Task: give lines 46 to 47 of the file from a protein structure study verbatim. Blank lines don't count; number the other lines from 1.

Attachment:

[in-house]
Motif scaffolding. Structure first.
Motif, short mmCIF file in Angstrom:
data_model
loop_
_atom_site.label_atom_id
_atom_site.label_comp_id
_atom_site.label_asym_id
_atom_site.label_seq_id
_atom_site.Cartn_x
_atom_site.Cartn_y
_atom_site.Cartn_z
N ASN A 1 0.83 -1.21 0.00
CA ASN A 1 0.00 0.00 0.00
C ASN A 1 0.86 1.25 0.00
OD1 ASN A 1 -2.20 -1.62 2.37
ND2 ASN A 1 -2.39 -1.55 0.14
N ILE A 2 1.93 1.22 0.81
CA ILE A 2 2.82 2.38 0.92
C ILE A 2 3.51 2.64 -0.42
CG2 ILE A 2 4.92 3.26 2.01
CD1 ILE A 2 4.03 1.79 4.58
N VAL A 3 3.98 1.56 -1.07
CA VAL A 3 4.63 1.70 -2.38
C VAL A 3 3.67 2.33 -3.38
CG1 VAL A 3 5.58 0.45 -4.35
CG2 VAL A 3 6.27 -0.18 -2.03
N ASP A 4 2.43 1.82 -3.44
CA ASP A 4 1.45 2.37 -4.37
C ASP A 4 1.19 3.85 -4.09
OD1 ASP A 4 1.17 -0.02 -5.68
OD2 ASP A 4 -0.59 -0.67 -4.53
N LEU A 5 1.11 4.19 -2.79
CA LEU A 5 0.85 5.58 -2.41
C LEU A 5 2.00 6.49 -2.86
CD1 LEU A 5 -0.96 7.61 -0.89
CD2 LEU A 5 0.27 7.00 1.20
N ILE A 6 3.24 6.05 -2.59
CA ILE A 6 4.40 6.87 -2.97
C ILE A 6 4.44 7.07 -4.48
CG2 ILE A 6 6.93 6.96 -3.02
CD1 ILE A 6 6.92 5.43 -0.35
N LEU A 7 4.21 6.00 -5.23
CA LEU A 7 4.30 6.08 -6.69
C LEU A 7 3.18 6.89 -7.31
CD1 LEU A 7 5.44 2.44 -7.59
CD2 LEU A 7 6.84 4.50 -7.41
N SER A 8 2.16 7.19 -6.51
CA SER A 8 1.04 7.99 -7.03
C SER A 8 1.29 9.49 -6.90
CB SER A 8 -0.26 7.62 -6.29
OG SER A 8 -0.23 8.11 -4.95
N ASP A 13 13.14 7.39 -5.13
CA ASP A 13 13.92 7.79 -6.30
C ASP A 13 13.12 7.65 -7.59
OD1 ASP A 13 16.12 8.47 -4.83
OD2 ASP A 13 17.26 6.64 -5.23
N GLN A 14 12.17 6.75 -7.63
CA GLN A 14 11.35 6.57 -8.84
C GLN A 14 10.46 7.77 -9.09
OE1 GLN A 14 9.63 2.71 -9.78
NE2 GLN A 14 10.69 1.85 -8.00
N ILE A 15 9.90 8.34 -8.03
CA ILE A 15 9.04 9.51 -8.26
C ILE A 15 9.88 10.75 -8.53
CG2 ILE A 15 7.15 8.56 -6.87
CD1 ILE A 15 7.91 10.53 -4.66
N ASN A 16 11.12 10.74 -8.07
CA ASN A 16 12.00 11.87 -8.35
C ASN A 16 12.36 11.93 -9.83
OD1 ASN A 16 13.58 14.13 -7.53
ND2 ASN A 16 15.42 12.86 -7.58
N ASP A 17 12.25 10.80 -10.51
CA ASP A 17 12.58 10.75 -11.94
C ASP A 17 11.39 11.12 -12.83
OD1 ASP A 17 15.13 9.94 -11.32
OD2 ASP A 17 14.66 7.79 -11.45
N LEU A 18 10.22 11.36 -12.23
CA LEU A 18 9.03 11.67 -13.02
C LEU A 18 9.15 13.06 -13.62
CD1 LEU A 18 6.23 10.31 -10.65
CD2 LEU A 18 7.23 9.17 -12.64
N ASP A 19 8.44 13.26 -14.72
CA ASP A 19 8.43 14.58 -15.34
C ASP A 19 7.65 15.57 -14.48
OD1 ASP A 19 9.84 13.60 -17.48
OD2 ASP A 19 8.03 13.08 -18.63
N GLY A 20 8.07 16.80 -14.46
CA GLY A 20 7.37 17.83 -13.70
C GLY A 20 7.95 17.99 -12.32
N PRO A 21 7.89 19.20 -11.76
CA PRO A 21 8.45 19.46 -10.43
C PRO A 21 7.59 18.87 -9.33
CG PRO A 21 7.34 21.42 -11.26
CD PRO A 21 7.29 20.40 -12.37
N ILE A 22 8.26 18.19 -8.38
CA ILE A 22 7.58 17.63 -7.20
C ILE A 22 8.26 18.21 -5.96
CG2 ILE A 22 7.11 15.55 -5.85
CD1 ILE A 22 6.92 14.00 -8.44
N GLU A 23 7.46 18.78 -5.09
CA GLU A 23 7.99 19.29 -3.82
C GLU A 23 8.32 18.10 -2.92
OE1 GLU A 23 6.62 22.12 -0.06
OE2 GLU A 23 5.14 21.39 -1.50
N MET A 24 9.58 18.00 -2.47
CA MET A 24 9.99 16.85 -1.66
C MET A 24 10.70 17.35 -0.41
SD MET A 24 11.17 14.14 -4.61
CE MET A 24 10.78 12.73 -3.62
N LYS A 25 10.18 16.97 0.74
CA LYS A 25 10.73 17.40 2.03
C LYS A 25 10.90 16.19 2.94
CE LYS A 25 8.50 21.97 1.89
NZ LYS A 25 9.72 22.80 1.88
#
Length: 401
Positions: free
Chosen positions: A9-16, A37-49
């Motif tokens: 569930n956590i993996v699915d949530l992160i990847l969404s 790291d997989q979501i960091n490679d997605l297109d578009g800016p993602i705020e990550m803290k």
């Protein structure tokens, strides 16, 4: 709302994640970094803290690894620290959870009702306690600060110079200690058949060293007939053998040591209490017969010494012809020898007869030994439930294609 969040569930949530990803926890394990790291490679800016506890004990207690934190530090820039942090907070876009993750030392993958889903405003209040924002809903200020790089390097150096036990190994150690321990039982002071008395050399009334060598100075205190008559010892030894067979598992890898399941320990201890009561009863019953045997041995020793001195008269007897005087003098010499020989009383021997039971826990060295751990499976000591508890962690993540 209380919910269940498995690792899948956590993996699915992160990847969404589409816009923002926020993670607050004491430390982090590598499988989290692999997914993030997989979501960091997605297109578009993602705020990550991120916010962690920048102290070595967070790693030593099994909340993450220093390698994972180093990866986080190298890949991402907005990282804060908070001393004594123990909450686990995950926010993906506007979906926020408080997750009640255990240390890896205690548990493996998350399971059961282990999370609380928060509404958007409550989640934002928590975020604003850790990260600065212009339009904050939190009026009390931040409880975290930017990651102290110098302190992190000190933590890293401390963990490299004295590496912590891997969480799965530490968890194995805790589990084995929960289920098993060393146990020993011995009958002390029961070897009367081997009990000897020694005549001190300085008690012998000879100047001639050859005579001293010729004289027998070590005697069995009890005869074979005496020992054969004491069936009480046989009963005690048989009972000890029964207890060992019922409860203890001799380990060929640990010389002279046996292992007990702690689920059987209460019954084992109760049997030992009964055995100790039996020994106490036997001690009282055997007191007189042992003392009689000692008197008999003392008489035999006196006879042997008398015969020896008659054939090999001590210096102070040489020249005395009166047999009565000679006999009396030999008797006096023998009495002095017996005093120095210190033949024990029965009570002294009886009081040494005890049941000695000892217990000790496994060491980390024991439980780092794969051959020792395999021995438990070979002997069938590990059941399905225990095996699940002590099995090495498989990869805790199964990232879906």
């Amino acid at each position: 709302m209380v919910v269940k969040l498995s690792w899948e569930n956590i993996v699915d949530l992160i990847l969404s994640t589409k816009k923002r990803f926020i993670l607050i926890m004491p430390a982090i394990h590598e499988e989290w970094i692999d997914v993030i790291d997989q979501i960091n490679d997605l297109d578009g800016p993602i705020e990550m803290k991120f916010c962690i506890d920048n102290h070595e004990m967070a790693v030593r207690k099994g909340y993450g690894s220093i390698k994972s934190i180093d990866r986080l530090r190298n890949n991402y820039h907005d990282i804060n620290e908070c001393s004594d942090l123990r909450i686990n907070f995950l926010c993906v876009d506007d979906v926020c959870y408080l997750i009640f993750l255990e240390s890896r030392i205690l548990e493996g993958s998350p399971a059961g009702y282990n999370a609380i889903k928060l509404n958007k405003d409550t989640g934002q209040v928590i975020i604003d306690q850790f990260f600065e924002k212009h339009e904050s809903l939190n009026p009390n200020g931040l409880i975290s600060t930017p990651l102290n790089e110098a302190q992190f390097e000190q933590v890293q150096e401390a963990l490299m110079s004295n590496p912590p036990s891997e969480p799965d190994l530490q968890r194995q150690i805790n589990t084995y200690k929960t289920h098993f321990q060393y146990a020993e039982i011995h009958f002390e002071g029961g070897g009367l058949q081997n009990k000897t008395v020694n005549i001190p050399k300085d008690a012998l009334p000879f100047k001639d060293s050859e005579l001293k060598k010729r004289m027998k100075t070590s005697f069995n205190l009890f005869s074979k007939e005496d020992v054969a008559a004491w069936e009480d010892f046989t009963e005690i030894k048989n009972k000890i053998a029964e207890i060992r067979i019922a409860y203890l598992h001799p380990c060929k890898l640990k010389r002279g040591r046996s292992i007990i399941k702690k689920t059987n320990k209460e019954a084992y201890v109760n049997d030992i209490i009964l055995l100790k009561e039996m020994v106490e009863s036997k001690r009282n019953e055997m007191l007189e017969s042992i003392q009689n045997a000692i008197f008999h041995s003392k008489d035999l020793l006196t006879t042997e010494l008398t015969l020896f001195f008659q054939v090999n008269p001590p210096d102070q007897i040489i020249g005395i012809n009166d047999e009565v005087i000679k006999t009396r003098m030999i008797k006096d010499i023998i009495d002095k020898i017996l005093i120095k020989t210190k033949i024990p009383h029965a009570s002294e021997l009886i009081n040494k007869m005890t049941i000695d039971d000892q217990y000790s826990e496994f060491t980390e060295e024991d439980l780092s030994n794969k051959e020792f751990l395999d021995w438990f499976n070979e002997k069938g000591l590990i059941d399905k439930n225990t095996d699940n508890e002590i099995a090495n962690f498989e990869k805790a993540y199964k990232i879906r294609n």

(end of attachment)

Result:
CD1 LEU A 7 5.44 2.44 -7.59
CD2 LEU A 7 6.84 4.50 -7.41